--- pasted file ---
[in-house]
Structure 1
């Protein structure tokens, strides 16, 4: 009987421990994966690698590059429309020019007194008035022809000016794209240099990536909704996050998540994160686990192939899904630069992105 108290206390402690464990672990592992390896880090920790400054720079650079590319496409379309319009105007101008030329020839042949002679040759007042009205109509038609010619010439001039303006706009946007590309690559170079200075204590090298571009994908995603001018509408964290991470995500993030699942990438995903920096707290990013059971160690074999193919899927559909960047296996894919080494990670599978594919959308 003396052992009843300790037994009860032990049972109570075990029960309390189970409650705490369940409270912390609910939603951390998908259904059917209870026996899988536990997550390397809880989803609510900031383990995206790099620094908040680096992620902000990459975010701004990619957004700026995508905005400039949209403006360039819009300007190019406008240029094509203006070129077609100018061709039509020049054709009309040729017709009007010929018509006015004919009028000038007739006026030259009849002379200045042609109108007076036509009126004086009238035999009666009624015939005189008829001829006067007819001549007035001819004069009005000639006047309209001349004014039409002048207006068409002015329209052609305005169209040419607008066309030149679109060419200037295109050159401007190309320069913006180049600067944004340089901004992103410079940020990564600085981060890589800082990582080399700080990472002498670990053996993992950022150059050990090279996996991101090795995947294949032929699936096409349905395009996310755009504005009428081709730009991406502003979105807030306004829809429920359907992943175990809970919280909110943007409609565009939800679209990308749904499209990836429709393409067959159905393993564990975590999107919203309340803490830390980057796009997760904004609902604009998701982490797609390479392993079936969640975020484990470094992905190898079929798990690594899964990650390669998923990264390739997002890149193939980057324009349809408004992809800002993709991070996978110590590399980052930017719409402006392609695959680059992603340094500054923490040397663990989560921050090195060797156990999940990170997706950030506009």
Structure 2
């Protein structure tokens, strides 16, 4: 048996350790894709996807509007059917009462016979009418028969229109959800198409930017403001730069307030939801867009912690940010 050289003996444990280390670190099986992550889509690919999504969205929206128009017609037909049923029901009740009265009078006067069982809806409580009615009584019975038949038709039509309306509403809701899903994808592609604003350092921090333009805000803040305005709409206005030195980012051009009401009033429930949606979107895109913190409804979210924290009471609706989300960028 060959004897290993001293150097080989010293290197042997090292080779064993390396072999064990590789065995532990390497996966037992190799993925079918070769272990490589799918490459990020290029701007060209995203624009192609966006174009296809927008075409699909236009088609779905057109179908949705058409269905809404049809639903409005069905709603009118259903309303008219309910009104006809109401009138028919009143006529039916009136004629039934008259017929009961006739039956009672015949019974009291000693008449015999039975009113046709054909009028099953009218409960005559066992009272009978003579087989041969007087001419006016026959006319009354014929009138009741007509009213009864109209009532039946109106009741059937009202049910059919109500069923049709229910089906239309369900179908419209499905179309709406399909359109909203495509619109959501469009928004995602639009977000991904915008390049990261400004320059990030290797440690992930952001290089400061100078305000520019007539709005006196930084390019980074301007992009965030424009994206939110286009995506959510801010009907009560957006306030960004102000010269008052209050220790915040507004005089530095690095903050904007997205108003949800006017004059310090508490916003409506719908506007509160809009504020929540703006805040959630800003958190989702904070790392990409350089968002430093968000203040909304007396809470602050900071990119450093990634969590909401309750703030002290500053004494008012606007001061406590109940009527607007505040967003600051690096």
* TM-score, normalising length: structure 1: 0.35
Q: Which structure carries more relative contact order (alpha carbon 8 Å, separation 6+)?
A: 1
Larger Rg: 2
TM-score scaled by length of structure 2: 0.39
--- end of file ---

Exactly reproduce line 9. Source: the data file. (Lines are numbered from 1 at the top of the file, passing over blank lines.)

Larger Rg: 2